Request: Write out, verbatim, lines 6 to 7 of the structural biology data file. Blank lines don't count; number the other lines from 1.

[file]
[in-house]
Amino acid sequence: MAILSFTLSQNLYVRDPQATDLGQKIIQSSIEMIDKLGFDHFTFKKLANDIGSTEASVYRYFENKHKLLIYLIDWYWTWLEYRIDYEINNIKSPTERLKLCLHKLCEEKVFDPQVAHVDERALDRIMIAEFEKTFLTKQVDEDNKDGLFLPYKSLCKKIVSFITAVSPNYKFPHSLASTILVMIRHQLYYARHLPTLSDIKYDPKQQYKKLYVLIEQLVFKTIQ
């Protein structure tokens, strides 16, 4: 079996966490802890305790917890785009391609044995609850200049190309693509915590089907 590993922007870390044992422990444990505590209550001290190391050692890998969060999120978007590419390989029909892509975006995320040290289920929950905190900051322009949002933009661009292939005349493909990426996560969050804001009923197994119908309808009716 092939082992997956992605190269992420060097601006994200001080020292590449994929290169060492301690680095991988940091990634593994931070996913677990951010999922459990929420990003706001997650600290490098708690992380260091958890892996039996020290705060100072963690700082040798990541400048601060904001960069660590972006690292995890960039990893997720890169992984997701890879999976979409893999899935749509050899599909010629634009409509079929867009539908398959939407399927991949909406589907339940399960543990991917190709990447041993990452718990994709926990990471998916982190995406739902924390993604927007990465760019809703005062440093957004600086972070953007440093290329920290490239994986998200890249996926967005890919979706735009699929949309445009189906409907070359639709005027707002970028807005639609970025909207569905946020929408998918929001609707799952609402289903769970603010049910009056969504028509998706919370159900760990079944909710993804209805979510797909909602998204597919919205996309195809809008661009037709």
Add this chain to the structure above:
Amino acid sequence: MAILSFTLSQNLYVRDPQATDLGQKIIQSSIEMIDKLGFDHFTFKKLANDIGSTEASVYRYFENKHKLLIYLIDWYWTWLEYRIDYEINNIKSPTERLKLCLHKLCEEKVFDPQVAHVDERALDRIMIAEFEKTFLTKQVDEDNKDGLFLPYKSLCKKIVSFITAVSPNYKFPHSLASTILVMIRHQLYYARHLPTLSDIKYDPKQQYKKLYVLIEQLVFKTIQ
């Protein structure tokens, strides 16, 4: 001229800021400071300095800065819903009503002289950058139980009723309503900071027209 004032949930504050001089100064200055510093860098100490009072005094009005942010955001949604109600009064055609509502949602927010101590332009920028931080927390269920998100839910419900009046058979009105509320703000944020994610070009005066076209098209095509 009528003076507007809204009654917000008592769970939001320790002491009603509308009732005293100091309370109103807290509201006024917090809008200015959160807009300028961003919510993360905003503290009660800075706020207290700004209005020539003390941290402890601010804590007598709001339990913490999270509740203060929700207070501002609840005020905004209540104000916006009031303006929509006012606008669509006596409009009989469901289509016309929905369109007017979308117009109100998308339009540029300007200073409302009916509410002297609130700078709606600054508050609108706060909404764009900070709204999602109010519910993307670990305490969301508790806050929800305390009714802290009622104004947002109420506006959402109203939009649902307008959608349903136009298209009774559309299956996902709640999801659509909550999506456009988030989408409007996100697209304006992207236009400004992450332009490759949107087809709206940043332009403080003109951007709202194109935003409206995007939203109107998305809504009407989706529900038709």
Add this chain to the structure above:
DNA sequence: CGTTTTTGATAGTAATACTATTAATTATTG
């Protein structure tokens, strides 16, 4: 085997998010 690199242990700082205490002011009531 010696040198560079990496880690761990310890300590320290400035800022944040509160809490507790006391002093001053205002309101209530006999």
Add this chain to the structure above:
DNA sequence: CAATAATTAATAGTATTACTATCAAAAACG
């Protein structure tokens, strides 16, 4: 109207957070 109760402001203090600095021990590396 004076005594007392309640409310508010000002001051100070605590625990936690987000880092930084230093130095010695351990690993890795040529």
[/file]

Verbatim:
């Protein structure tokens, strides 16, 4: 001229800021400071300095800065819903009503002289950058139980009723309503900071027209 004032949930504050001089100064200055510093860098100490009072005094009005942010955001949604109600009064055609509502949602927010101590332009920028931080927390269920998100839910419900009046058979009105509320703000944020994610070009005066076209098209095509 009528003076507007809204009654917000008592769970939001320790002491009603509308009732005293100091309370109103807290509201006024917090809008200015959160807009300028961003919510993360905003503290009660800075706020207290700004209005020539003390941290402890601010804590007598709001339990913490999270509740203060929700207070501002609840005020905004209540104000916006009031303006929509006012606008669509006596409009009989469901289509016309929905369109007017979308117009109100998308339009540029300007200073409302009916509410002297609130700078709606600054508050609108706060909404764009900070709204999602109010519910993307670990305490969301508790806050929800305390009714802290009622104004947002109420506006959402109203939009649902307008959608349903136009298209009774559309299956996902709640999801659509909550999506456009988030989408409007996100697209304006992207236009400004992450332009490759949107087809709206940043332009403080003109951007709202194109935003409206995007939203109107998305809504009407989706529900038709």
Add this chain to the structure above: